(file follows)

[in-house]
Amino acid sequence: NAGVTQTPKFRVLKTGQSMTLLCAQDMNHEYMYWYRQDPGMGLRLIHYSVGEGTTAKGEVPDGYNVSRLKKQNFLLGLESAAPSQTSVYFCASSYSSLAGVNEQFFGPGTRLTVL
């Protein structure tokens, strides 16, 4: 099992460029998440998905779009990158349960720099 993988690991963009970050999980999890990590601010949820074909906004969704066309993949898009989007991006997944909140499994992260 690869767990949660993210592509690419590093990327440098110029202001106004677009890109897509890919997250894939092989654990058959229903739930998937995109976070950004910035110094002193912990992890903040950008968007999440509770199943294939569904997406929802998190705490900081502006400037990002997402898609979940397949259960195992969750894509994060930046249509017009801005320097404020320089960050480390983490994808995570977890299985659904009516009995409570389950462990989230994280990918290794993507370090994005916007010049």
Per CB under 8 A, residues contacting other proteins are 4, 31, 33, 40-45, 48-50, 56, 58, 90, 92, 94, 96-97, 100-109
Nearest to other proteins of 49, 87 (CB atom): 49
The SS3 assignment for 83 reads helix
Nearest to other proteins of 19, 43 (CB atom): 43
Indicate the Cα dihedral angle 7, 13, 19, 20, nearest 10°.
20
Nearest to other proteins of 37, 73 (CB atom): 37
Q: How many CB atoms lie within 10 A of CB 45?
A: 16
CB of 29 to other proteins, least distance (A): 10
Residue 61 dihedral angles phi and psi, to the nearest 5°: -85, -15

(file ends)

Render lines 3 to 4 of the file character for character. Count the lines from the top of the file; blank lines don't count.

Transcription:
């Protein structure tokens, strides 16, 4: 099992460029998440998905779009990158349960720099 993988690991963009970050999980999890990590601010949820074909906004969704066309993949898009989007991006997944909140499994992260 690869767990949660993210592509690419590093990327440098110029202001106004677009890109897509890919997250894939092989654990058959229903739930998937995109976070950004910035110094002193912990992890903040950008968007999440509770199943294939569904997406929802998190705490900081502006400037990002997402898609979940397949259960195992969750894509994060930046249509017009801005320097404020320089960050480390983490994808995570977890299985659904009516009995409570389950462990989230994280990918290794993507370090994005916007010049």
Per CB under 8 A, residues contacting other proteins are 4, 31, 33, 40-45, 48-50, 56, 58, 90, 92, 94, 96-97, 100-109